Treating high cholesterol levels naturally

Cholesterol is produced in the body as a response to inflammation – therefore the natural healing approach is  to deal with any cause of inflammation in the body. This is likely to be dietary – food intolerances and over acidic diets – so alcohol, caffeine, red meat, trans fatty acids (see below), dairy and wheat will need to be reduced, and maybe cut out altogether if there is a food intolerance.

Antioxidants are important as they will reduce any inflammatory processes in the circulatory system.  For example pomegranate juice has been found to be effective against atherosclerosis, inflammation and high cholesterol levels. 

Liver function also needs to be addressed as an inefficient liver will not clear up excess blood fats.

High stress levels involve the hypothalamic-pituitary- adrenal glands (HPA axis) which produce the hormones (including cortisol and adrenaline) needed to deal with the stress – insulin is part of the calming down, or opposing action after stress has been dealt with. With constant stress levels this process doesn't have a beginning and an end, it becomes constant. High cortisol levels result in the deposition of visceral fat in the abdomen, raised blood pressure, lowered immunity and raised blood sugar and insulin levels – in other words metabolic syndrome X – heart disease and diabetes. Other causes of high cortisol levels include steroid use, depression, smoking and spinal cord injury. Adaptogenic herbs are able to normalise cortisol and other stress hormone levels after stressful events – specifically rhaponticum, eleutherococcus, rhodiola, withania and panax ginseng.  

A low GI (glycaemic index) diet has been shown to significantly reduce cholesterol levels, specifically LDL levels – it also reduces the risk of diabetes, improves insulin sensitivity in diabetics, and reduces the damaging effects of highly variable blood sugar level. C-reactive protein – a measure of inflammation in the body – is significantly decreased by weight loss and low GI diet. Insulin and glucose normalising herbs include eleuthero, rhaponticum, rhodiola and holy basil (Ocimium sanctum).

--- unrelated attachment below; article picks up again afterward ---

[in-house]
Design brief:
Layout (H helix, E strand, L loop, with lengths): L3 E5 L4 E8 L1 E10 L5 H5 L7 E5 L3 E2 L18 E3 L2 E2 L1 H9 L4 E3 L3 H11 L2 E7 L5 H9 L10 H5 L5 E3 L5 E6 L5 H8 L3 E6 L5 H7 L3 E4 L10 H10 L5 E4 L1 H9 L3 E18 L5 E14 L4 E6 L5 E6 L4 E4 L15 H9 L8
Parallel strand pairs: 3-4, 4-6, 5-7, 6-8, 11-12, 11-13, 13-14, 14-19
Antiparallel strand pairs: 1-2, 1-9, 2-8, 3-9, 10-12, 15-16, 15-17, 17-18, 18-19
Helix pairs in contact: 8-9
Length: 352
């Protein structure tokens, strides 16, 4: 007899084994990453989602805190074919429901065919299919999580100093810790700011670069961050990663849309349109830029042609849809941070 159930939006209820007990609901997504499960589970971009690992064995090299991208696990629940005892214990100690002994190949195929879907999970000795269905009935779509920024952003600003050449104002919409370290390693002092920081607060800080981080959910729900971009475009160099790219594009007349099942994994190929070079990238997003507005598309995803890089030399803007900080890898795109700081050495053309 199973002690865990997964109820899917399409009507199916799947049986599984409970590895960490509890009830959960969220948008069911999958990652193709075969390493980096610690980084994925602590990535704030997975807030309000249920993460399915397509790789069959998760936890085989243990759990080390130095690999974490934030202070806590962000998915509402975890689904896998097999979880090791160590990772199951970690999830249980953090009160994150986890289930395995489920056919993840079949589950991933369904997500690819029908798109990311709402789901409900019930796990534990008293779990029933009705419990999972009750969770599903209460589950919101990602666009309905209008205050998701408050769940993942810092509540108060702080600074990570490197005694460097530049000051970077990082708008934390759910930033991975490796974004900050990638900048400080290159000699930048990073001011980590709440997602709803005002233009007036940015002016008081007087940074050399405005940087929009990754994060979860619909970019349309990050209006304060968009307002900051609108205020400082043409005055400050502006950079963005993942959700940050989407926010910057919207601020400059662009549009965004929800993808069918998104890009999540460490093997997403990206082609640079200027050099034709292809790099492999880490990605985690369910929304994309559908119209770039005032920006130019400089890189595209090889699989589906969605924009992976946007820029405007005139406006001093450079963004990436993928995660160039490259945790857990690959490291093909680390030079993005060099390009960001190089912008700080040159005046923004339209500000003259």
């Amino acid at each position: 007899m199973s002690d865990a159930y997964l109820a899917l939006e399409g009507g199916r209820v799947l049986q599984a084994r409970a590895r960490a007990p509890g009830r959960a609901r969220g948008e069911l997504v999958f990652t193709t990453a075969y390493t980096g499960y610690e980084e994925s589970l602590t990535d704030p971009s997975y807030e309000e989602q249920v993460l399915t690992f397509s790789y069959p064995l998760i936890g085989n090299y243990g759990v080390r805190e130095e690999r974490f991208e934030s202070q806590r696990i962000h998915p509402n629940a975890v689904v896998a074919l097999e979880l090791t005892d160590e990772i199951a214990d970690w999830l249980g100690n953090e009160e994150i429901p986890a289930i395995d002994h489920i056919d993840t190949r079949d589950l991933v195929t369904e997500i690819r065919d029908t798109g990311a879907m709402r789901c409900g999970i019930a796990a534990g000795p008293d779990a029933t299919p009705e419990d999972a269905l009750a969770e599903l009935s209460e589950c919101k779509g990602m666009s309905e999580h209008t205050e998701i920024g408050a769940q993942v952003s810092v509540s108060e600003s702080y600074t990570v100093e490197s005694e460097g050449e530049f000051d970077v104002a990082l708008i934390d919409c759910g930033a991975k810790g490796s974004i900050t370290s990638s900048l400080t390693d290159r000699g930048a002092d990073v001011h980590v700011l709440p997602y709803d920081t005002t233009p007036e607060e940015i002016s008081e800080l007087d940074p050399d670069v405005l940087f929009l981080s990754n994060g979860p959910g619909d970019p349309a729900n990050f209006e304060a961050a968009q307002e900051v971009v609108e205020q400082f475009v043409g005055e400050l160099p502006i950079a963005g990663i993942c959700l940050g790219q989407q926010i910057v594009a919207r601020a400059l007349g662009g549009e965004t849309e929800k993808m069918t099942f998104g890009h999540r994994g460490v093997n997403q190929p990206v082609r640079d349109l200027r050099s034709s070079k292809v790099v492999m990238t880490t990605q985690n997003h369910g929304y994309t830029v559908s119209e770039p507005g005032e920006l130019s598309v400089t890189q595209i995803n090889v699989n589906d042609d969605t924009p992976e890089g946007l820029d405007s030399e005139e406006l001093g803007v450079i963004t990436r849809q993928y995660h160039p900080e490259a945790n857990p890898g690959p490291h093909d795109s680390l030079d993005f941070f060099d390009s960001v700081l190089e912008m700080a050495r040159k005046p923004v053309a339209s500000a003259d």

Trans fatty acids, the chemically changed oils developed by the cholesterol reduction industry, have been found not only to increase cholesterol levels, but also to cause atherosclerosis, damage heart muscle, the immune system and cause cancer and infertility – despite all this, vegetable oils and margarines are still being promoted as heart healthy. It has been estimated that the average adult in the West eats 15-20g of trans fats daily – from trans fats found in baked, fried and processed foods. 

Natural oils and fats, especially those with relatively high omega 3 concentrations – saturated and unsaturated – do not have this detrimental effect on the body, they are actively beneficial. Oils from fish are especially high in omega 3's, as are oils from hemp seed and linseeds. A Japanese study reported in the Lancet in 2007 found that two servings of oily fish per week, or 900mg/day of EPA and DHA offered the same level of protection as statins . 

  • Reduce foods which cause inflammation – dairy, wheat, pork, oranges, tea, coffee, alcohol, sugar, trans fatty acids

  • avoid any foods to which you are intolerant – usually dairy when cholesterol levels are raised

  • have plenty of antioxidant foods – pomegranates, all vegetables, most fruit (especially red and purple ones)

  • follow a low GI diet

  • increase dietary fibre – especially with foods such as psyllium, oats or linseeds

  • increase omega 3 fatty acids – oily fish, fish oils, linseeds

  • use herbs and spices which improve liver efficiency and improve cholesterol processing by the body: garlic, turmeric, black pepper, artichoke, caraway, ginger

  • help the liver with bitter foods such as dandelion leaf, chicory, endive; also lemon and lime, olive oil, olives

  • take blue green algae such as chlorella* which can help to reduce cholesterol

  • take medicinal herbs* – such as commiphora, triphala, milk thistle, andrographis – which act on the liver and digestion to reduce cholesterol – it is important to find the correct herbs for you

*available from myself, or any herbalist, and usually formulated to suit the individual

Christine Herbert